for me it was the fact that class sizes are huge, test scores are low, grads that go on to college is low, and from what others in the distric have said doesnt help any either. also what turned me off was that you have no promise of the same school year after year and i think that is too hard on kids. then there is no promise that both my boys could be in the same school. i also am not a fan of how for the older kids there are cops on grounds at all times because of the violence. there were alot of issues for me that made up my mind.

09-27-2006, 04:44 PM
We just had a wonderful guest speaker at my ds' preschool about choosing a kindergarten. She reinforced everything I was already thinking.

If you can find it, read the Newsweek from a few weeks ago about how kindergarten is getting so much more academic- and play and creativity are being pushed out. Disturbing trend, imo.

I am looking for a K program that is developmental, not academic. they can learn well just from interactions and manipulating the world around them than quiet reading or rote learning (heck, they more than likely learn better).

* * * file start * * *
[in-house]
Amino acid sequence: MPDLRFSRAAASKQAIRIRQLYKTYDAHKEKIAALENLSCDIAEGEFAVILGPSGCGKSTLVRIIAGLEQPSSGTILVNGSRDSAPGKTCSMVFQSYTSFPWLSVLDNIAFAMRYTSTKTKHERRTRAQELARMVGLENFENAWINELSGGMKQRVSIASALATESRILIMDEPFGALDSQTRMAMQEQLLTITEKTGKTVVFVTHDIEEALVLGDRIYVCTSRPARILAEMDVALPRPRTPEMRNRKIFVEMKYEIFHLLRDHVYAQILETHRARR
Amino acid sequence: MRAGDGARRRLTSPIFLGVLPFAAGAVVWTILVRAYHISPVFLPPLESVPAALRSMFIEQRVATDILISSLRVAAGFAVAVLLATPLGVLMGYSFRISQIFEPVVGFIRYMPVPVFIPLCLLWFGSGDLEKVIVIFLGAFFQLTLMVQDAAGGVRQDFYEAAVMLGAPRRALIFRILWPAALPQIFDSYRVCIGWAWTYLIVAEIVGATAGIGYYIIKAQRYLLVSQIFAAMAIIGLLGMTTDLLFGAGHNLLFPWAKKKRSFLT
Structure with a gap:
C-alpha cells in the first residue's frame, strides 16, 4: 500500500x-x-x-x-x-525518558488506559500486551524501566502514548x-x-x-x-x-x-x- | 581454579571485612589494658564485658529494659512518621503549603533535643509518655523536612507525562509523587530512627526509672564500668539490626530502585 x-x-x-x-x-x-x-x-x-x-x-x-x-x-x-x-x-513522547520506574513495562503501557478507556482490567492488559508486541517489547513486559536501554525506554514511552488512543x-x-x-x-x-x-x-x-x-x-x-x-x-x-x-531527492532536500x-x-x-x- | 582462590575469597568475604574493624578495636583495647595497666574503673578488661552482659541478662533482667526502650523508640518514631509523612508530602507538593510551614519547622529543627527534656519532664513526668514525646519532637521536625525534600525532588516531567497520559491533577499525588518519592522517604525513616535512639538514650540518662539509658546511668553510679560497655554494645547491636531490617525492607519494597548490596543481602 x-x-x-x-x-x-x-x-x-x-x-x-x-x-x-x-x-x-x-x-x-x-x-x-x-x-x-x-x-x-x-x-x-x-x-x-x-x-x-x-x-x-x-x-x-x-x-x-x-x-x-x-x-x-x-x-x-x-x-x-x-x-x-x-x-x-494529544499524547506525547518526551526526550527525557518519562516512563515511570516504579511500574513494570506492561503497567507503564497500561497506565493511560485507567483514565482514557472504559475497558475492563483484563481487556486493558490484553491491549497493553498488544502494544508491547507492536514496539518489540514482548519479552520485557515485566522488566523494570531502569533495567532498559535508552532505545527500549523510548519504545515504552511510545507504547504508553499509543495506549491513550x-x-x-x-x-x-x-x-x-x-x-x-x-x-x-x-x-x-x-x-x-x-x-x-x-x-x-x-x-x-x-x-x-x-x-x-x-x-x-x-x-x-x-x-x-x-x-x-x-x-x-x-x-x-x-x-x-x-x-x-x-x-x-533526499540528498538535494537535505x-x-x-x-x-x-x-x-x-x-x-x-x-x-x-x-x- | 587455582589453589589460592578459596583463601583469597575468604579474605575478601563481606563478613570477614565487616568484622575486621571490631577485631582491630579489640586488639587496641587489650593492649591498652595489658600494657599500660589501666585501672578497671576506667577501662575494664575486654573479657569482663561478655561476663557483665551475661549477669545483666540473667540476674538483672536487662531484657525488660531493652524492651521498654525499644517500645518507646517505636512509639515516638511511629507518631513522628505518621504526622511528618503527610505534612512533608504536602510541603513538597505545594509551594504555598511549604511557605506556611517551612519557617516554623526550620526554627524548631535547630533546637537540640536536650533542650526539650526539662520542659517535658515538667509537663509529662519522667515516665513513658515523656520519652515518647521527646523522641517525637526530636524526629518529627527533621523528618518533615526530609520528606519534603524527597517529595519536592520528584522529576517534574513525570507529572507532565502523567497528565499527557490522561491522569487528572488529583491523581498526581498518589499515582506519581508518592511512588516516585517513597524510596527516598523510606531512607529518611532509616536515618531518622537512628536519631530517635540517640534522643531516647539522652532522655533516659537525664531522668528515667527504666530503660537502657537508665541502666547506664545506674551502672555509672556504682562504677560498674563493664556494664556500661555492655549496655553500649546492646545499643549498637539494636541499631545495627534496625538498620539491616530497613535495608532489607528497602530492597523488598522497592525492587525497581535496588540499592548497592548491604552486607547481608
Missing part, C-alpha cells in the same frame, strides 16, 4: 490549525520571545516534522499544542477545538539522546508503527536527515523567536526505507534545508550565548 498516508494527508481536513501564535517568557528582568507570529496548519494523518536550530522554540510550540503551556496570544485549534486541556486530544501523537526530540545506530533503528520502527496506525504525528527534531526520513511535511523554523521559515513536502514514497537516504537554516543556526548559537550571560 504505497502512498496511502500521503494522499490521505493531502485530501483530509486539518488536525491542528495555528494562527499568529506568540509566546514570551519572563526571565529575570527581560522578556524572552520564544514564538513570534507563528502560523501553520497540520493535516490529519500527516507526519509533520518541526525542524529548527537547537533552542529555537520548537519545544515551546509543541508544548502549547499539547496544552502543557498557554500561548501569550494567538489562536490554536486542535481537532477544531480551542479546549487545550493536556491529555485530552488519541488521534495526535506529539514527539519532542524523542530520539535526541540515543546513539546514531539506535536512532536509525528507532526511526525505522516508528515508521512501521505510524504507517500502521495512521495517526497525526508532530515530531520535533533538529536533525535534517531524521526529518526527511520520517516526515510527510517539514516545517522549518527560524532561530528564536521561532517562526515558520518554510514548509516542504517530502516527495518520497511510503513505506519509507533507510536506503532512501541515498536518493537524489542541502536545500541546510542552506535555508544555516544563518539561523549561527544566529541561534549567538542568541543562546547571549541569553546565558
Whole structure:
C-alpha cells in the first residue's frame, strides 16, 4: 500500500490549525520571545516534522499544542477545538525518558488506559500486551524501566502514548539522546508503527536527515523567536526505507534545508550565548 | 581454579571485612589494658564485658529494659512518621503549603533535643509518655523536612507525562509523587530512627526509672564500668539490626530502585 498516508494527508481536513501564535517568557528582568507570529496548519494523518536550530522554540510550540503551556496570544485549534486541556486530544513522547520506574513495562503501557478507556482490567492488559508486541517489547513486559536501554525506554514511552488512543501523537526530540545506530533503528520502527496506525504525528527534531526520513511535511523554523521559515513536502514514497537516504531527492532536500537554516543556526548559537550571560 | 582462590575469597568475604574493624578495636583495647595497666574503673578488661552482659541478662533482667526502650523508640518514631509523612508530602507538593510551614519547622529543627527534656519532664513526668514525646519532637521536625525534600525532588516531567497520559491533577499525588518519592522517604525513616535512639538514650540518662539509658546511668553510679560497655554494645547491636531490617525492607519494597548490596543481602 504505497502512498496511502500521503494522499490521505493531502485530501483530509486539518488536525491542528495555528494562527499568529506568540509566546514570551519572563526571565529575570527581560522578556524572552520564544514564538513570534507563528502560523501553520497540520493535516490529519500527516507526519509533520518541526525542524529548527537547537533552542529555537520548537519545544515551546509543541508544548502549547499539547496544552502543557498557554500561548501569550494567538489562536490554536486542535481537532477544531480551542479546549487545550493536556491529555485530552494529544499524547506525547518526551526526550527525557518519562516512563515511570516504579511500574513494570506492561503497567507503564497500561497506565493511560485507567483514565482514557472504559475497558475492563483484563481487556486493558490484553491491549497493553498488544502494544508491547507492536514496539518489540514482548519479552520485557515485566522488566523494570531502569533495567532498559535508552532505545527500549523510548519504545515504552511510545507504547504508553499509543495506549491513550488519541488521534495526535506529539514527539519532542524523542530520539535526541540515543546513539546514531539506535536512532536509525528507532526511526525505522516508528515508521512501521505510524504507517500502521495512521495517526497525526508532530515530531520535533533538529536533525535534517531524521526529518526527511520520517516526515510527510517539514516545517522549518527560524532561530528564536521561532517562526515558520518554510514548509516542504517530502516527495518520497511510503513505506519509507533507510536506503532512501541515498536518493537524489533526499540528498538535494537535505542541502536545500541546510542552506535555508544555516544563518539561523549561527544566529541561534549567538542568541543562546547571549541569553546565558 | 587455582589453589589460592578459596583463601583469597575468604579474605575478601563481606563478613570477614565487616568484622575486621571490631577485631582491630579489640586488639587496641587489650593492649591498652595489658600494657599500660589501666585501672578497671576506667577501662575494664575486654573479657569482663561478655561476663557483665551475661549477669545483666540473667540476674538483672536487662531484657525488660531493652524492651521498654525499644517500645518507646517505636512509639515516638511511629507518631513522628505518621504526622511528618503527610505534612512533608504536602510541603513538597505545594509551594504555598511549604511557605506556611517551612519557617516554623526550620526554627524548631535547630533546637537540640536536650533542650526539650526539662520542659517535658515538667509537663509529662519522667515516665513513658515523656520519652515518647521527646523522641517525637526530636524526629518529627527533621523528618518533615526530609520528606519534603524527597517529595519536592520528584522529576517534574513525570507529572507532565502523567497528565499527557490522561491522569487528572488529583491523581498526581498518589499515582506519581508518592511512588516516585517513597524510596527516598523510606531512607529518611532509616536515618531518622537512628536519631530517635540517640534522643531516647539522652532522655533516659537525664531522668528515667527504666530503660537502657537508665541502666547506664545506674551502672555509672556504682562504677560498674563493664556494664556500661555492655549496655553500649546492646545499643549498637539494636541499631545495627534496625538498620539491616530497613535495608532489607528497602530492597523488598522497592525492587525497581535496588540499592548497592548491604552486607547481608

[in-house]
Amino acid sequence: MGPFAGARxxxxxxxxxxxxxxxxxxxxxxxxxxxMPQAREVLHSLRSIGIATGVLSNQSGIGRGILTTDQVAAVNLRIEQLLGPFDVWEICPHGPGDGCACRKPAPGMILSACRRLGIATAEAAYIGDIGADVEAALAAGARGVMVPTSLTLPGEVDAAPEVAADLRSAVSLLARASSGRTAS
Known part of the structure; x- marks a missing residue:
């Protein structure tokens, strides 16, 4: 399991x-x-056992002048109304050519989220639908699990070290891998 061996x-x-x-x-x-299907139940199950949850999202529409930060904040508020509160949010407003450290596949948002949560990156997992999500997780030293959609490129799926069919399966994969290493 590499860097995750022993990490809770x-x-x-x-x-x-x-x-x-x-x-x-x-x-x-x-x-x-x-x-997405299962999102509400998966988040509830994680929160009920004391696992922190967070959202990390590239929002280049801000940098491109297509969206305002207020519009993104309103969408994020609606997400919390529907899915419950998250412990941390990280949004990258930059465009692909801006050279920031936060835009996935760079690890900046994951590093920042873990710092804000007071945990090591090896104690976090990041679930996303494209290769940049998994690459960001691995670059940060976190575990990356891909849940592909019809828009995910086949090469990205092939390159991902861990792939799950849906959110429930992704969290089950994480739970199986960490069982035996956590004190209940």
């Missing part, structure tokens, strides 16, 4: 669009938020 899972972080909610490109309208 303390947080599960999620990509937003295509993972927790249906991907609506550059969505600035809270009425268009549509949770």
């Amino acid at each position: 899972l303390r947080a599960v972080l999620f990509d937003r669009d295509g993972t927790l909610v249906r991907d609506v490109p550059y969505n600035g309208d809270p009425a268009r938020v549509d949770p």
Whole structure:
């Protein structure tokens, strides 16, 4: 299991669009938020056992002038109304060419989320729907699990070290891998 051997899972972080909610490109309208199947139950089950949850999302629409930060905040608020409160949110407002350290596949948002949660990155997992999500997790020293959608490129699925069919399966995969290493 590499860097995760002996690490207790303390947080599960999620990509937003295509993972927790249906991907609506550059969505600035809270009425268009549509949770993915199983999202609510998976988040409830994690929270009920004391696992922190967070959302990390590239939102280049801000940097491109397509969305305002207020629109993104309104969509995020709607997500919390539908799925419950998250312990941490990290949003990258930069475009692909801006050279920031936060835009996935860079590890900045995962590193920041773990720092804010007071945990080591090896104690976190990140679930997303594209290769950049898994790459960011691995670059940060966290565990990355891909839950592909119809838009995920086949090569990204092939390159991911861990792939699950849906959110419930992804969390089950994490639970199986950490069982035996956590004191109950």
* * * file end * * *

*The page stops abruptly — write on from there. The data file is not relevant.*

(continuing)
She said that it is well acknowledged in the education community that standradized tests only offer a snapshot of performance. And they are not useful under 8yo.

I hate the idea of schools "teaching to the test" and focusing so much on this stuff. test scores mean little to me. I want it to be a good learning environment that is stimulating, developmentally appropriate, caters to the whole child, is well rounded, is research based (like offers more time for boys to be active), and all that good stuff. I was a bad test taker but straight A student. I would hate for my child to have my test taking abilities and have it impact his educational future because of a stupid test.